Jorge Odon was an Argentinian car mechanic who, one day, watched a video on YouTube that showed a trick for removing a cork that's stuck inside a wine bottle. Even though he had no medical training at all, the video inspired him to create a device to help deliver babies who are stuck inside the birth canal. And apparently the device (he's called it the Odon Device) actually works — enough so that an American medical technology firm has agreed to manufacture it. [Yahoo!]
I can't seem to remember the last brilliant idea I had while watching YouTube videos.
For well over 200 years in early modern Europe, the rich and the poor, the educated and the illiterate all participated in cannibalism on a more or less routine basis. Drugs were made from Egyptian mummies and from the dried bodies of those drowned in North African desert sandstorms. Later in the era the corpses of hanged criminals offered a new and less exotic source of human flesh. Human blood was also swallowed: sometimes fresh and hot, direct from a donor's body, sometimes dried, powdered, or distilled with alchemical precision. Human fat was one of the most enduring substances of all: it was usually applied externally in the form of ointments or plasters. Certain parts of the bone of the skull were swallowed as powder or in liquid distillations. In London chemists' shops one could see entire human skulls for sale. Some had a growth of botanical moss, which could be powdered and used to treat nosebleeds and other forms of haemorrhaging. Both skull bone and the moss of the skull should — most authorities agreed — be derived from a man who had met a violent death, preferably by hanging or drowning.
These were the most common drugs derived from the human body. But, as we will see, for certain practitioners and patients, there was almost nothing between the head and the feet which could not be used in some way: hair, brain, heart, skin, liver, urine, menstrual blood, placenta, earwax, saliva and faeces. Medicinal cannibalism was practised to some extent in the Middle Ages. But, with nice irony, it became most popular and pervasive in the era when reports of New World cannibals were circulating amidst the outraged Christians of Rome, Madrid, London and Wittenberg.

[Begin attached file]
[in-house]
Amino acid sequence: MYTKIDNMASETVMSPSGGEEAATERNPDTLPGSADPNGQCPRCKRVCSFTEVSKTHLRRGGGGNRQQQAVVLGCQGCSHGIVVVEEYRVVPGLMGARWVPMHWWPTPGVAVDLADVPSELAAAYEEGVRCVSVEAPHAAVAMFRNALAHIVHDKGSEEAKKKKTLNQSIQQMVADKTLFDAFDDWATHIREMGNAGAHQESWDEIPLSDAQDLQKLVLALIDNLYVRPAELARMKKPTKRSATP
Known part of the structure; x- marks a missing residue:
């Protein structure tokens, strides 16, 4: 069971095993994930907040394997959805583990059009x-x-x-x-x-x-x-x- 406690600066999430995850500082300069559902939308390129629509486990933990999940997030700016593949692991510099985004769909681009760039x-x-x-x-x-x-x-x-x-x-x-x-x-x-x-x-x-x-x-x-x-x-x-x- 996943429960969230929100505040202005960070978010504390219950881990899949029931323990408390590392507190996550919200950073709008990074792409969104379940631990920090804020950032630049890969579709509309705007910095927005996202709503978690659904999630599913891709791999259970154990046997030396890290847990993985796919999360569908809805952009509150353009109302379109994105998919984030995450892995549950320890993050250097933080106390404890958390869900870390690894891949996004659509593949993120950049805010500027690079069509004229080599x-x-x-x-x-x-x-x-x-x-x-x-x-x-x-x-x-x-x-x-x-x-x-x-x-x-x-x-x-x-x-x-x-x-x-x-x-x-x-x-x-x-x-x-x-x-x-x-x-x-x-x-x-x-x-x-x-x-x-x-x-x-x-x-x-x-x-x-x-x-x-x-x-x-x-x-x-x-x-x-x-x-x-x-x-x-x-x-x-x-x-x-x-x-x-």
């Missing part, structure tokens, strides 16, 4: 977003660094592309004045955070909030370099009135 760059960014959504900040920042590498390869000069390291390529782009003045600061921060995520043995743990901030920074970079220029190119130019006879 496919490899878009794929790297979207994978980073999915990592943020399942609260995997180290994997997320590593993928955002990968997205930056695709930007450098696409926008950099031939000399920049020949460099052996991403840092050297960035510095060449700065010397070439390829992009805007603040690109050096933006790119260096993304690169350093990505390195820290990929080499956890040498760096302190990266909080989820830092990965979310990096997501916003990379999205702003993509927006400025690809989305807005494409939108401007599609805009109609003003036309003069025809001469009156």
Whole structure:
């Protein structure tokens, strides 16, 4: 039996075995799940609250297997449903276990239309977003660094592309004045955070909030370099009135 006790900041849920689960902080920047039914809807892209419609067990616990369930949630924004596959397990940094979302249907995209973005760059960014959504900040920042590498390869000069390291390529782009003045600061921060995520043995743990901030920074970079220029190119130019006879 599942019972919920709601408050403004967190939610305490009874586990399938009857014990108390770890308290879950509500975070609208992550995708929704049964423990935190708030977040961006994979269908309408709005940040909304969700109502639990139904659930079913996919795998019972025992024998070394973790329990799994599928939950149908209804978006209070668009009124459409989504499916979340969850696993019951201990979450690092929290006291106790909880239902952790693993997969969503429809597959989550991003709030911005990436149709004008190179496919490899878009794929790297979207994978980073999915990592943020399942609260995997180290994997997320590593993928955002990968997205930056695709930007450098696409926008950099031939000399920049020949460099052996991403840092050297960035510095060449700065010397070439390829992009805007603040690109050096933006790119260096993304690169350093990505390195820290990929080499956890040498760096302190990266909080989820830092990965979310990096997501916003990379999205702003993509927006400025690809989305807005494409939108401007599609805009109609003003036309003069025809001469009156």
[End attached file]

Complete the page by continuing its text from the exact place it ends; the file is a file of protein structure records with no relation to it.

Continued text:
In the early 20th century, children were regularly fed 'worm cakes' to keep tapeworms at bay. Such 'medicine' was unpopular and often tasted revolting. The cakes in this tin have been made more palatable through the addition of chocolate flavouring.
I wish they provided more information, since I'm not sure whether these cakes actually consisted of ground-up worms or whether they were some kind of anti-worm medication, such as pomegranate extract (which has been known for centuries to be effective against tapeworms).
Acupuncturist Dr. Jeff Tsing says he's "baffled" at how he could have closed up his business for the day and gone home, failing to remember that a patient was still lying on his table, needles in. wfaa.com
The "remote nondescript village" of Uttarakshi in India is taking a leap into the modern age. The villagers are helping to finance the construction of "an ultra modern hi tech distillation plant of 8000 litres capacity." What they'll be distilling is cow urine.
distilled purified cow urine is being sold in the market at Rs.40 per 100 milli litre with the brand name of Divya Godhan Ark prescribed for indications like general debility, obesity, abdominal diseases, skin diseases, diabetes, cough and asthma. It is recommended in doses of 10 to 20 ml based on the indication and as prescribed by the physician.
If all goes well, the Uttarakshi plant can be expanded to up production to 10,000 litres of the liquid gold daily.
A little bit of old-time medicine. Reported in "A Collection of Saliva Superstitions" by R. Selare, Folklore (Dec 1939), 50(4).
Special properties were attributed to fasting saliva. Pliny refers to the curative properties of the local application of such saliva. "A woman's fasting spittle is generally considered highly efficacious for bloodshot eyes; it is also good for defluxions of those organs, the inflamed corners of the eyes being moistened with it every now and then." In Madagascar the first spittle in the morning is called rora mafaitra, bitter or disagreeable saliva, and has medicinal virtue in healing a sore eye or ear. Among the Irish peasants fasting spittle is considered of great efficacy for sore eyes, especially if used mixed with clay taken from a holy well. This is made into a paste and applied to the eyes, and it is said that "nothing beats the fasting spittle for blindness."